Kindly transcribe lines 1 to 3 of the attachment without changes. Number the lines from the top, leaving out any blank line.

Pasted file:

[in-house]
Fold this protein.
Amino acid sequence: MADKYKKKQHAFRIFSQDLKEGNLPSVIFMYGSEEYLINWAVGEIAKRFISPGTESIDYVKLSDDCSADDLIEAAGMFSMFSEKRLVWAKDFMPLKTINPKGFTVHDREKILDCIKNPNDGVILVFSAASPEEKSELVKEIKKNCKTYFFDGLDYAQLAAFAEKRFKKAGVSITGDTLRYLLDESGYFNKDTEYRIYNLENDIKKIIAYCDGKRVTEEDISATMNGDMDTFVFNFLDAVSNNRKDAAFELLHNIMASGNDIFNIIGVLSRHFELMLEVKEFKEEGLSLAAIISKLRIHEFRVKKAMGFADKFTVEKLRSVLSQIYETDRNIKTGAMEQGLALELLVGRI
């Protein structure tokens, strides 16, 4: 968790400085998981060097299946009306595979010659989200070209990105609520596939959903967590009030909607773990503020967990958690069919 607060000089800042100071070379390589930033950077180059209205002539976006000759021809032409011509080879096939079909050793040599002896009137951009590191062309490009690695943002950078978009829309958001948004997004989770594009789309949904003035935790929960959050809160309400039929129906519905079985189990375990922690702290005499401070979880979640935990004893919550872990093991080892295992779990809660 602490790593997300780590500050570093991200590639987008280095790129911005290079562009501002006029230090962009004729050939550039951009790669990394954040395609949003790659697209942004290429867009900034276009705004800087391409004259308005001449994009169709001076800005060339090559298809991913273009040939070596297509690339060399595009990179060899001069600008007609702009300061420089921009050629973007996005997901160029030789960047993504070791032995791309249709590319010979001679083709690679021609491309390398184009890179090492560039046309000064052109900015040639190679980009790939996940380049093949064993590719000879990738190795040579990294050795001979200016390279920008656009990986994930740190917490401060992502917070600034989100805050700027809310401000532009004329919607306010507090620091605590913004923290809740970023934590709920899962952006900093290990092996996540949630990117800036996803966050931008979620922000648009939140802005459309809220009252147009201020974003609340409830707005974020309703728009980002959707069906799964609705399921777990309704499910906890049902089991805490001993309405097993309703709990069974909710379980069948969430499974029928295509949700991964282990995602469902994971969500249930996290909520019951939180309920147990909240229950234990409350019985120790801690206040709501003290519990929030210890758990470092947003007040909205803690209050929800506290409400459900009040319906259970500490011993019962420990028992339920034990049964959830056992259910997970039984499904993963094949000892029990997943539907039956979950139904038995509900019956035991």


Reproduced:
[in-house]
Fold this protein.
Amino acid sequence: MADKYKKKQHAFRIFSQDLKEGNLPSVIFMYGSEEYLINWAVGEIAKRFISPGTESIDYVKLSDDCSADDLIEAAGMFSMFSEKRLVWAKDFMPLKTINPKGFTVHDREKILDCIKNPNDGVILVFSAASPEEKSELVKEIKKNCKTYFFDGLDYAQLAAFAEKRFKKAGVSITGDTLRYLLDESGYFNKDTEYRIYNLENDIKKIIAYCDGKRVTEEDISATMNGDMDTFVFNFLDAVSNNRKDAAFELLHNIMASGNDIFNIIGVLSRHFELMLEVKEFKEEGLSLAAIISKLRIHEFRVKKAMGFADKFTVEKLRSVLSQIYETDRNIKTGAMEQGLALELLVGRI